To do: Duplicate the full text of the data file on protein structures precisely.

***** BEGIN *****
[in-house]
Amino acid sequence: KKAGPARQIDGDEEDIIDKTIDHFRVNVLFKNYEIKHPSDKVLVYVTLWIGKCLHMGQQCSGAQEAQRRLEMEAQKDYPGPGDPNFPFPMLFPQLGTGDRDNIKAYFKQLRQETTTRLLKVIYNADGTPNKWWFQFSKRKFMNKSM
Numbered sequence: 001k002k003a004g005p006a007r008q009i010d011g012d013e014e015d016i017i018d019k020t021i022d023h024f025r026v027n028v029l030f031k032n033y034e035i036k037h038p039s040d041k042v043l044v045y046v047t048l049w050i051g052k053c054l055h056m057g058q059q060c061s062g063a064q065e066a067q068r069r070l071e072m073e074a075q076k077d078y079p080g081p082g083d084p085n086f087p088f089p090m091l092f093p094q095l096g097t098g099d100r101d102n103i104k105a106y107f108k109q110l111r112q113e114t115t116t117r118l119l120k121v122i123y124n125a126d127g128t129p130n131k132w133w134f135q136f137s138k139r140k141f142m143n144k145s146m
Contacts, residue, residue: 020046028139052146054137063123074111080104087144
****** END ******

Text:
[in-house]
Amino acid sequence: KKAGPARQIDGDEEDIIDKTIDHFRVNVLFKNYEIKHPSDKVLVYVTLWIGKCLHMGQQCSGAQEAQRRLEMEAQKDYPGPGDPNFPFPMLFPQLGTGDRDNIKAYFKQLRQETTTRLLKVIYNADGTPNKWWFQFSKRKFMNKSM
Numbered sequence: 001k002k003a004g005p006a007r008q009i010d011g012d013e014e015d016i017i018d019k020t021i022d023h024f025r026v027n028v029l030f031k032n033y034e035i036k037h038p039s040d041k042v043l044v045y046v047t048l049w050i051g052k053c054l055h056m057g058q059q060c061s062g063a064q065e066a067q068r069r070l071e072m073e074a075q076k077d078y079p080g081p082g083d084p085n086f087p088f089p090m091l092f093p094q095l096g097t098g099d100r101d102n103i104k105a106y107f108k109q110l111r112q113e114t115t116t117r118l119l120k121v122i123y124n125a126d127g128t129p130n131k132w133w134f135q136f137s138k139r140k141f142m143n144k145s146m
Contacts, residue, residue: 020046028139052146054137063123074111080104087144